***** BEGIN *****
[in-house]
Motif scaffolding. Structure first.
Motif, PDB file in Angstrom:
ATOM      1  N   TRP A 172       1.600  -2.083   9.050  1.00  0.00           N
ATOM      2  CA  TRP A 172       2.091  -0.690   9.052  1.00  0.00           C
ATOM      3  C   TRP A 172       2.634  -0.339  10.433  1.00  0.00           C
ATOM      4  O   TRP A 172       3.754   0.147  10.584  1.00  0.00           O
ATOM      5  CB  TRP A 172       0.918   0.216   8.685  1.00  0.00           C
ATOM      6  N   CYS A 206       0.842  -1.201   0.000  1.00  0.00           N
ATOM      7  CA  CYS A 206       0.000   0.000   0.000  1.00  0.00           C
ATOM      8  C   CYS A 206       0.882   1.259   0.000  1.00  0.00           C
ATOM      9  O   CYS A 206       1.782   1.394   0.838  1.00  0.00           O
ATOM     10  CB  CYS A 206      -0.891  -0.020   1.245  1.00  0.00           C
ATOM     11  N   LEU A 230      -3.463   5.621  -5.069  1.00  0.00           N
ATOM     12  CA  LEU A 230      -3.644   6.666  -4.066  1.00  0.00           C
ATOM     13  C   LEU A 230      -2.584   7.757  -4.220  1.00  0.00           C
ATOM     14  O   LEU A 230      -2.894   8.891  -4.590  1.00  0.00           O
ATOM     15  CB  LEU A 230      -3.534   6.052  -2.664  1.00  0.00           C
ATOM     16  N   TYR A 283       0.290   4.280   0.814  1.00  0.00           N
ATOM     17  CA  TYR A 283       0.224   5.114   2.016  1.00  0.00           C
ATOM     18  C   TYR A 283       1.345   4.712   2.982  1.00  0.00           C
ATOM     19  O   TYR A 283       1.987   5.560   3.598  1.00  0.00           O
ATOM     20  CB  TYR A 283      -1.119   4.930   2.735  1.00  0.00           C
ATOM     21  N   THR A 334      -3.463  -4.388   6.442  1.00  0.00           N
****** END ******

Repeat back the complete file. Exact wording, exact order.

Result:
[in-house]
Motif scaffolding. Structure first.
Motif, PDB file in Angstrom:
ATOM      1  N   TRP A 172       1.600  -2.083   9.050  1.00  0.00           N
ATOM      2  CA  TRP A 172       2.091  -0.690   9.052  1.00  0.00           C
ATOM      3  C   TRP A 172       2.634  -0.339  10.433  1.00  0.00           C
ATOM      4  O   TRP A 172       3.754   0.147  10.584  1.00  0.00           O
ATOM      5  CB  TRP A 172       0.918   0.216   8.685  1.00  0.00           C
ATOM      6  N   CYS A 206       0.842  -1.201   0.000  1.00  0.00           N
ATOM      7  CA  CYS A 206       0.000   0.000   0.000  1.00  0.00           C
ATOM      8  C   CYS A 206       0.882   1.259   0.000  1.00  0.00           C
ATOM      9  O   CYS A 206       1.782   1.394   0.838  1.00  0.00           O
ATOM     10  CB  CYS A 206      -0.891  -0.020   1.245  1.00  0.00           C
ATOM     11  N   LEU A 230      -3.463   5.621  -5.069  1.00  0.00           N
ATOM     12  CA  LEU A 230      -3.644   6.666  -4.066  1.00  0.00           C
ATOM     13  C   LEU A 230      -2.584   7.757  -4.220  1.00  0.00           C
ATOM     14  O   LEU A 230      -2.894   8.891  -4.590  1.00  0.00           O
ATOM     15  CB  LEU A 230      -3.534   6.052  -2.664  1.00  0.00           C
ATOM     16  N   TYR A 283       0.290   4.280   0.814  1.00  0.00           N
ATOM     17  CA  TYR A 283       0.224   5.114   2.016  1.00  0.00           C
ATOM     18  C   TYR A 283       1.345   4.712   2.982  1.00  0.00           C
ATOM     19  O   TYR A 283       1.987   5.560   3.598  1.00  0.00           O
ATOM     20  CB  TYR A 283      -1.119   4.930   2.735  1.00  0.00           C
ATOM     21  N   THR A 334      -3.463  -4.388   6.442  1.00  0.00           N